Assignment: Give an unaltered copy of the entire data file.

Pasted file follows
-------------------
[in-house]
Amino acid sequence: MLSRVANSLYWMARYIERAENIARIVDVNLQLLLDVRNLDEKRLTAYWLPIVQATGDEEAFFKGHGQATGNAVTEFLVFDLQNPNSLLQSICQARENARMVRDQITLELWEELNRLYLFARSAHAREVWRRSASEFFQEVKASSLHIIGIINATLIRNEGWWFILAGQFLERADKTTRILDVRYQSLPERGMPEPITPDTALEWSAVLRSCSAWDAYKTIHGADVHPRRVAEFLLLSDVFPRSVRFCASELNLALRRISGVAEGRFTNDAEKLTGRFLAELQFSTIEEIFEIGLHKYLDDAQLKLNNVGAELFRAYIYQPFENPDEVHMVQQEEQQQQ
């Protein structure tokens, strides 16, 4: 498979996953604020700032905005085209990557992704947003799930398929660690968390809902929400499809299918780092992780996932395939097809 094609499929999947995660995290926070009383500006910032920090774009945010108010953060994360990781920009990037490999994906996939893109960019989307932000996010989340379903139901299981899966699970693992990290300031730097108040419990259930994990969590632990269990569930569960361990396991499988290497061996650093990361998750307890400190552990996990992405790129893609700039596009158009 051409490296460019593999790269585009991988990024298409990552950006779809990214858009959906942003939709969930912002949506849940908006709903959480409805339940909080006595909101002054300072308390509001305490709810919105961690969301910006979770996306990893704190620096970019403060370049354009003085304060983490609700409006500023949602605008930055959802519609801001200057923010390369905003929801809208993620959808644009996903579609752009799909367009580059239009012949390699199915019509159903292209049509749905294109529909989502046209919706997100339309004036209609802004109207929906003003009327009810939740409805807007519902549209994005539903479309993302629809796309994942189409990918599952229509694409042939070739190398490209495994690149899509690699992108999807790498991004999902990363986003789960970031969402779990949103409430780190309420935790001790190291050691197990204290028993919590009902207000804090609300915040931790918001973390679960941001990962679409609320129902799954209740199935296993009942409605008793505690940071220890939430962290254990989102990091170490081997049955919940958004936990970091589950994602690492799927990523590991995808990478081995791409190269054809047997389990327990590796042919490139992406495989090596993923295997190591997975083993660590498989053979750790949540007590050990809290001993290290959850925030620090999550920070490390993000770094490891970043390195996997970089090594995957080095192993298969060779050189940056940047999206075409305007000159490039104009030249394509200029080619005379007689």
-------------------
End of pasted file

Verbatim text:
[in-house]
Amino acid sequence: MLSRVANSLYWMARYIERAENIARIVDVNLQLLLDVRNLDEKRLTAYWLPIVQATGDEEAFFKGHGQATGNAVTEFLVFDLQNPNSLLQSICQARENARMVRDQITLELWEELNRLYLFARSAHAREVWRRSASEFFQEVKASSLHIIGIINATLIRNEGWWFILAGQFLERADKTTRILDVRYQSLPERGMPEPITPDTALEWSAVLRSCSAWDAYKTIHGADVHPRRVAEFLLLSDVFPRSVRFCASELNLALRRISGVAEGRFTNDAEKLTGRFLAELQFSTIEEIFEIGLHKYLDDAQLKLNNVGAELFRAYIYQPFENPDEVHMVQQEEQQQQ
């Protein structure tokens, strides 16, 4: 498979996953604020700032905005085209990557992704947003799930398929660690968390809902929400499809299918780092992780996932395939097809 094609499929999947995660995290926070009383500006910032920090774009945010108010953060994360990781920009990037490999994906996939893109960019989307932000996010989340379903139901299981899966699970693992990290300031730097108040419990259930994990969590632990269990569930569960361990396991499988290497061996650093990361998750307890400190552990996990992405790129893609700039596009158009 051409490296460019593999790269585009991988990024298409990552950006779809990214858009959906942003939709969930912002949506849940908006709903959480409805339940909080006595909101002054300072308390509001305490709810919105961690969301910006979770996306990893704190620096970019403060370049354009003085304060983490609700409006500023949602605008930055959802519609801001200057923010390369905003929801809208993620959808644009996903579609752009799909367009580059239009012949390699199915019509159903292209049509749905294109529909989502046209919706997100339309004036209609802004109207929906003003009327009810939740409805807007519902549209994005539903479309993302629809796309994942189409990918599952229509694409042939070739190398490209495994690149899509690699992108999807790498991004999902990363986003789960970031969402779990949103409430780190309420935790001790190291050691197990204290028993919590009902207000804090609300915040931790918001973390679960941001990962679409609320129902799954209740199935296993009942409605008793505690940071220890939430962290254990989102990091170490081997049955919940958004936990970091589950994602690492799927990523590991995808990478081995791409190269054809047997389990327990590796042919490139992406495989090596993923295997190591997975083993660590498989053979750790949540007590050990809290001993290290959850925030620090999550920070490390993000770094490891970043390195996997970089090594995957080095192993298969060779050189940056940047999206075409305007000159490039104009030249394509200029080619005379007689």